History at Home: Visiting Green-Wood Cemetery

History at Home: Visiting Green-Wood Cemetery

It’s difficult to miss our sprawling Green-Wood Cemetery, but have you ever taken the time to walk around and explore its grounds? If you haven’t, you don’t know what you’re missing.

Standing atop Battle Hill, site of one of the most important battles of the American Revolution, is Minerva and the Alter to Liberty. Although Minerva is known for holding her hand up in salute to Lady Liberty over in New York Harbor, Green-Wood’s historian, Jeff Richman, recently posted in his blog that, not only was the monument originally designed with flowers clasped in her left arm, she was facing the Woolworth Building.

A number of visitors still pay respects to composer Leonard Bertstein, whose final resting place is not far from Battle Hill. The New York Times noted in September that fans will often leave memorabilia from West Side Story around his marker.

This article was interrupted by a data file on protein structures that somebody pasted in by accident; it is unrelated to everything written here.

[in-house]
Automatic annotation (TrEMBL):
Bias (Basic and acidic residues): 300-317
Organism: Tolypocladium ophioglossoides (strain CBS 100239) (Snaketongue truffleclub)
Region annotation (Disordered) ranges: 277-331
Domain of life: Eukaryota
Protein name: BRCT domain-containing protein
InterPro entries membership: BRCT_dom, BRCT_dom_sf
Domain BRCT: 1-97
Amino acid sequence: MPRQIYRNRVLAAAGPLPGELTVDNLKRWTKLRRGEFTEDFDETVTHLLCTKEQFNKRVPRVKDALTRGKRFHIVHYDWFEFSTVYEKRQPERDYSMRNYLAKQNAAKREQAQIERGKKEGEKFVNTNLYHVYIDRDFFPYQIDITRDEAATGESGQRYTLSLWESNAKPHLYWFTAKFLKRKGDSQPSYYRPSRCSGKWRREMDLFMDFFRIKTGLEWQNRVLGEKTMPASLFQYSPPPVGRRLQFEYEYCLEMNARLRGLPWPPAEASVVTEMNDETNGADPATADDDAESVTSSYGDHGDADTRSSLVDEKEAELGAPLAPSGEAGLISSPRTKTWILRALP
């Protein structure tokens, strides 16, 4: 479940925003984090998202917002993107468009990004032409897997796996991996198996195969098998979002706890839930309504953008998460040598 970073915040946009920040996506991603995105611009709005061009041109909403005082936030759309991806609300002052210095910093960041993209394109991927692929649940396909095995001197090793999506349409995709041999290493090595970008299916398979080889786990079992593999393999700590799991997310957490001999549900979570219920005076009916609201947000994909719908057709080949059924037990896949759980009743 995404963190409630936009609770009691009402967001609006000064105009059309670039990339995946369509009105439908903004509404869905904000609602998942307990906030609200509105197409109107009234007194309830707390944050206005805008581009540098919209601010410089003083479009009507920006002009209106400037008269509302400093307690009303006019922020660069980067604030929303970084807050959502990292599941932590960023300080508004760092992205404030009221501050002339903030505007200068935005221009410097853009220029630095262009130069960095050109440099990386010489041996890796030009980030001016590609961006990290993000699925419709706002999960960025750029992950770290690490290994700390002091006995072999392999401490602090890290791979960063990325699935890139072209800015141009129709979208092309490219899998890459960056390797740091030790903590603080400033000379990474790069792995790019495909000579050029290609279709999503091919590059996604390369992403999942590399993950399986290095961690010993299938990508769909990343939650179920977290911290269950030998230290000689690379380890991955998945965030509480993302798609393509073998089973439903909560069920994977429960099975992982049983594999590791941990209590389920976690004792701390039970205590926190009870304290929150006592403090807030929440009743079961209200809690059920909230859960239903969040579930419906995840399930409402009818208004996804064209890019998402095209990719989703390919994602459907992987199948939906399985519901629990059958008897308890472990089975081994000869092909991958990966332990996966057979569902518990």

You don’t have to seek out the rich and famous, though, to discover interesting stories. We stumbled across the grave of Captain John B. Pannes during a recent visit to the cemetery. Pannes fought as an infantryman during the American Civil War, and according to his obituary in the New York Times, he was also “one of the oldest lawyers in this city.”

In addition to a number of regular tours and special events, self-guided walking tours are available. It’s also a popular spot for birdwatching, and of course is home to a a colony of monk parakeets. While you can’t jog, ride bikes, or eat on the grounds, you can otherwise wander freely, which is the best way to make your own discoveries.

The 478 acre historic landmark is a wonderland of secrets, some of which are only now being uncovered. Green-Wood’s decade long Civil War Project has uncovered over 4,000 veterans of the American Civil War that are resting on its grounds. You never know what you’re going to find. Why not head over for a walk today?

Green-Wood Cemetery’s main entrance is located at 25th Street and 5th Avenue. The 25th Street entrance is open seven days a week from 8am-5pm. For more information and a calendar of special events, visits their website.

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